California May Split Electoral Votes to GOP Advantage
Jonathan Alter reports on a diabolical plot by California Republicans to steal the 2008 election. Rather than giving all their votes to the statewide winner, almost assuredly a Democrat, they would instead give only two votes to the statewide winner and allocate the remainder to the winner in each of the 53 congressional districts. Californian Kevin Drum agrees this is “blatantly partisan” but thinks it highly unlikely to pass.
I’ll defer to Drum on the likelihood question. And, indeed, one would think a state with a Democratic majority would be loathe to vote for a referendum that would likely redound to the benefit of the Republicans, at least in the near term.
In theory, though, there’s nothing wrong with the idea. Assemblyman Tom Harman tried to get this reform passed shortly after the 2004 election, arguing that Democrats take the Golden State for granted while Republicans write it off, with both parties “us[ing] California as an ATM machine to carry on their campaigns elsewhere.” Maine and Nebraska already do it this way and Colorado — which has recently trended Democrat — had a referendum on their 2004 ballots that would have done the same thing (it failed).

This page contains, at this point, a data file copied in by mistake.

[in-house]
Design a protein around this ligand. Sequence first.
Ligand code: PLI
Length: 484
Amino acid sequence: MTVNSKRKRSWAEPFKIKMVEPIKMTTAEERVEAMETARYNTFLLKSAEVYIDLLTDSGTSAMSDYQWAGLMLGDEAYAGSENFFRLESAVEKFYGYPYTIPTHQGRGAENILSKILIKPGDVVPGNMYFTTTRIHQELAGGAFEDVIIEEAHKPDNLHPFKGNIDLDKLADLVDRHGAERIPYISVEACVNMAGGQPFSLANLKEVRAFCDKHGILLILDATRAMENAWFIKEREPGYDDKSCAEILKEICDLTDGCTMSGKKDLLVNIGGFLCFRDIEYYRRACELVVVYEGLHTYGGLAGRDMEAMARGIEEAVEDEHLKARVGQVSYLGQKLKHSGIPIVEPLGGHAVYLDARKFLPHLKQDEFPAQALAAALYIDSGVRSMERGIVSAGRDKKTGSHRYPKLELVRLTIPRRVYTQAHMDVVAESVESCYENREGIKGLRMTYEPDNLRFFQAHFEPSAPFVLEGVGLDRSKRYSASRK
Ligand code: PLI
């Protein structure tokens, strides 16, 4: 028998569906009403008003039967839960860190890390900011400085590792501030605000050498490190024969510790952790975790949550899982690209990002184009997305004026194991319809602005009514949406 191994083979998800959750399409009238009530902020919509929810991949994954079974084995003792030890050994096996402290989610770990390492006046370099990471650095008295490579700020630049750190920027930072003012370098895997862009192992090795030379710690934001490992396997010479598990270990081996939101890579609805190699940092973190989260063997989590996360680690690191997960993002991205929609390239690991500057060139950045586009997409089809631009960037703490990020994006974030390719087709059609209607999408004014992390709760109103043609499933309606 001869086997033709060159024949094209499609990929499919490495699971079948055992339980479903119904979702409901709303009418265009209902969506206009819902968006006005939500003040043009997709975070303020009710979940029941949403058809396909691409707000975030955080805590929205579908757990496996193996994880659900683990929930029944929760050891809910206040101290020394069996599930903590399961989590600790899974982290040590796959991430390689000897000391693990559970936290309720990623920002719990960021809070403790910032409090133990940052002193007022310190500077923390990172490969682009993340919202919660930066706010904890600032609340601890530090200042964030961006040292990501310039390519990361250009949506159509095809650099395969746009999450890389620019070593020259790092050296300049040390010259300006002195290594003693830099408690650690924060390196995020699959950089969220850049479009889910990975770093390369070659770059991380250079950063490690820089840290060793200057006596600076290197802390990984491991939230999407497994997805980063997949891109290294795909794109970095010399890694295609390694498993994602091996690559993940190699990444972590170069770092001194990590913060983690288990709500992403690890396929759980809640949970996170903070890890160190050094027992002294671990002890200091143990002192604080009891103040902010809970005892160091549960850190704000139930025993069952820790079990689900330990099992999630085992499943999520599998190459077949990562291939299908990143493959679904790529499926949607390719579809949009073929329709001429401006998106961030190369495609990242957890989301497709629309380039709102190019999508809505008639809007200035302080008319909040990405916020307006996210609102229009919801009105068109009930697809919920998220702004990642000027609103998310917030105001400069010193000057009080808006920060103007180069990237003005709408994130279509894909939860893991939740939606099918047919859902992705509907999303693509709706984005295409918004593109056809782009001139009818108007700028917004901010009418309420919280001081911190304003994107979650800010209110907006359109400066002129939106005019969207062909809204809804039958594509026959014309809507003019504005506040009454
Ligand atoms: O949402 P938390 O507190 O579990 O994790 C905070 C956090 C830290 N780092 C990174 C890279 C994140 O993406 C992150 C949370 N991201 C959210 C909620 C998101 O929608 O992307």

Alter thinks this reform wouldn’t do much to attract campaign attention to California because most of the districts are very safe and that the ballot initiative is unconstitutional, since the Constitution vests the powers for allocating Electors in state legislatures. The first is a political calculation that Californians can make on their own. The latter is true so far as it goes. Presumably, though, the legislature could and would validate the wishes of the voters as expressed in the referendum results.
More generally, Alter prefers the method of the Campaign for the National Popular Vote, which would have each state award all its Electors to the winner of the nationwide popular vote. If we’re going to do that, though, I’d prefer a Constitutional Amendment rather than the stealth version.